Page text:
Lim dreams of V for Vgor-y
First-year trainer Richard Lim saddles first Group runner in Sunday’s Stewards’ Cup
Richard Lim got more than he bargained for over a hearty fish head curry lunch a few years back.
Besides a happy stomach, it also led to a first Group runner in his very first season as a trainer, Vgor.
The Holy Roman Emperor four-year-old contests this Sunday’s $150,000 Group 2 Stewards’ Cup (1,600m) and is part-owned by V. Maheyndran.
The name may ring a bell with Indian food lovers. He is the owner of the famous Samy’s Curry Restaurant in Dempsey.
Some racing fans may know him as a racehorse owner as well.
Lucky Trio and, more recently, Gentlemen Agreement are some of the horses who raced in his red-and-green silks across both sides of the Causeway over the years.
For remembering him not just for his curries, Lim was about to see his hot meal turn into a hotter deal.
“One day I brought my staff to have fish head curry at Samy’s and we saw Mr Maheyndran there,” said the former jockey.
“I used to ride a horse called Tomba for him.
“He was trained by Francis Nathan in Kuala Lumpur and used to miss the jump and then win by four to five lengths.
“We were having a nice chat and the next thing I know, he decided to give me horses.
“He sent Chicago Star and Gentlemen Agreement to me and recently Vgor.
“He owns a half share in Vgor, with the other half belonging to a first-time Singaporean owner.”
Vgor (then Igor) won twice and was placed three times in eight starts in Queensland.
He also ran second as a three-year-old to Apache Chase, the recent winner of the Group 1 Kingsford Smith Cup (1,300m) at Eagle Farm.
Lim had Derby dreams. But they soon looked more like a pipedream after a few ordinary runs.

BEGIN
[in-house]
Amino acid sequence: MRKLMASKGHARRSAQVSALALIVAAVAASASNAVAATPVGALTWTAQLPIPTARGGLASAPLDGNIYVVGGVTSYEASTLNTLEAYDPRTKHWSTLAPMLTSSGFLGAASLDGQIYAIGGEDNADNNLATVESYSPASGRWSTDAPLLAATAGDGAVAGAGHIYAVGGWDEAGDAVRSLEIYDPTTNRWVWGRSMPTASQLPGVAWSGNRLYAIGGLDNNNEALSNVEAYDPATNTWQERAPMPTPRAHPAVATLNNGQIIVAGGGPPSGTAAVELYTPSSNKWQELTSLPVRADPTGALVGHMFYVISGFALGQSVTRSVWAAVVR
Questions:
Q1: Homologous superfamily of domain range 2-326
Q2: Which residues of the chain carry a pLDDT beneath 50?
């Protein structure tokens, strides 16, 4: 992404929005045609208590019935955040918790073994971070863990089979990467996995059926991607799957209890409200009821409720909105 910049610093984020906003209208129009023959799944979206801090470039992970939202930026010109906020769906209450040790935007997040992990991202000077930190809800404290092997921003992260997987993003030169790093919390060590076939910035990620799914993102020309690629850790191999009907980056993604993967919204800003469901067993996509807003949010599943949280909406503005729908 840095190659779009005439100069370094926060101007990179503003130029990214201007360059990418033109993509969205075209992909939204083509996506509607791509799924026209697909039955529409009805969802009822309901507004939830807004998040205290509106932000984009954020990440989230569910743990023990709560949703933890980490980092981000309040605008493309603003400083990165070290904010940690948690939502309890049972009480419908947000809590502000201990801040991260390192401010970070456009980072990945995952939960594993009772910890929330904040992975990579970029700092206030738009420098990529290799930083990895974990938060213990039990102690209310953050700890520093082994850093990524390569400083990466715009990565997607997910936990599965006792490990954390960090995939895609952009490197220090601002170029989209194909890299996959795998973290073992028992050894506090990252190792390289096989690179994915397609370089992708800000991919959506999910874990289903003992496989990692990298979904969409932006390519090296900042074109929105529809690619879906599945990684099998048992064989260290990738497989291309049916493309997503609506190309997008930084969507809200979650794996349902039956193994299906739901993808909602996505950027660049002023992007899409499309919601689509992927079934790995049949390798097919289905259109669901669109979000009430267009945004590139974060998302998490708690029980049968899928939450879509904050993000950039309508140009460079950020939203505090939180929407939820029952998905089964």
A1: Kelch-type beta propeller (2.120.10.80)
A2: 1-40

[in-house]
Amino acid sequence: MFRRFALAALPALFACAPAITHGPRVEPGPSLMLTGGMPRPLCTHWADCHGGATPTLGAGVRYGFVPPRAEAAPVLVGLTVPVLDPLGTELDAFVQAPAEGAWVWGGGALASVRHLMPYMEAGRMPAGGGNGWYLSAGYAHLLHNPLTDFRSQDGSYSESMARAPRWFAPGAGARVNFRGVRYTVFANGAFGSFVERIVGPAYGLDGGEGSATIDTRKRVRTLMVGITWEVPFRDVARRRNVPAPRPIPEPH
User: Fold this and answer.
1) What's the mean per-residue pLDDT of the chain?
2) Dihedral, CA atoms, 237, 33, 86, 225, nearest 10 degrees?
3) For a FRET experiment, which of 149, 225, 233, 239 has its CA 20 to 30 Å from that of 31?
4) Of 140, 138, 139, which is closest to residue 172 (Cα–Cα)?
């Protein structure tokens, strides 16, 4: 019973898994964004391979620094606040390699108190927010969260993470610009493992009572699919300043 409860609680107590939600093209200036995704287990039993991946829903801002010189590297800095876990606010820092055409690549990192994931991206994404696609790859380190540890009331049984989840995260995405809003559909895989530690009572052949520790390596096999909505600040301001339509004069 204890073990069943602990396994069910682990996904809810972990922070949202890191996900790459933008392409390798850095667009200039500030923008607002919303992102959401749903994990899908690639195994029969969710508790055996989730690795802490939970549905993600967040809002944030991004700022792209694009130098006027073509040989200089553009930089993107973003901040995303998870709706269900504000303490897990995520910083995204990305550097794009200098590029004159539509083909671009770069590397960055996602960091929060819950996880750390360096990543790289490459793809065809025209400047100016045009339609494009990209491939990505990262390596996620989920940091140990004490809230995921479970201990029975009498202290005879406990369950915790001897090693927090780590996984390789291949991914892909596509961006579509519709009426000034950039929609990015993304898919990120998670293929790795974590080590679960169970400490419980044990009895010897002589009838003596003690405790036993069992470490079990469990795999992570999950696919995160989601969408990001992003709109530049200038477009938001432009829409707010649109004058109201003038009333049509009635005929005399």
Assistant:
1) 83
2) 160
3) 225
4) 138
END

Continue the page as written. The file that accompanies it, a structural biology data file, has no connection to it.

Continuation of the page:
Even the curry master thought his freshman trainer might have shown too much hurry.
“The owner was having doubts. He asked me if I was sure he was a Derby horse when he couldn’t even win in Class 4,” said Lim.
“When I bought the horse, I thought he’d be a good stayer for Singapore. My plan was to run him in the four-year-old races, including the Singapore Derby (July 17).
“He did give me a good feel from Day 1. I knew he had ability, but I just couldn’t bring it out at first.”
Lim, who still rides his own horses in trackwork, tapped into his experience as a former top-flight jockey – and a dash of trial and error to turn things around.
“I had some trouble to get him going, mostly because mentally, he wasn’t quite there,” he said.
“At his last win in Australia, I saw he had blinkers on. So I thought they would help him here.
“But he overraced, even with cover. That left me scratching my head.
“I made a decision to take them off and put a crossover noseband instead. He settled a lot better and was running home very good.
“We also put earmuffs on him. The trick to him is to let him settle behind, put him to sleep, but not run him up there with the speed.”
The result was two wins from 10 starts, including his last-gasp win under Benny Woodworth at his last start in a Class 4 race over 1,400m.
Woodworth stays on.
Lim, who won the Group 2 Queen Elizabeth II Cup aboard King And King with Her Majesty in the Kranji stands in 2006, is keeping his feet on the ground, though.
“It’ll be tough at set weights against Class 1 horses, but he will definitely run home. Where he will finish, I don’t know,” he said.
If it happens to be at the better end of the 12-horse field, there is every chance Samy’s will be a busy and happy place on Sunday night.
Until comes along a bigger fish to fry in three weeks’ time.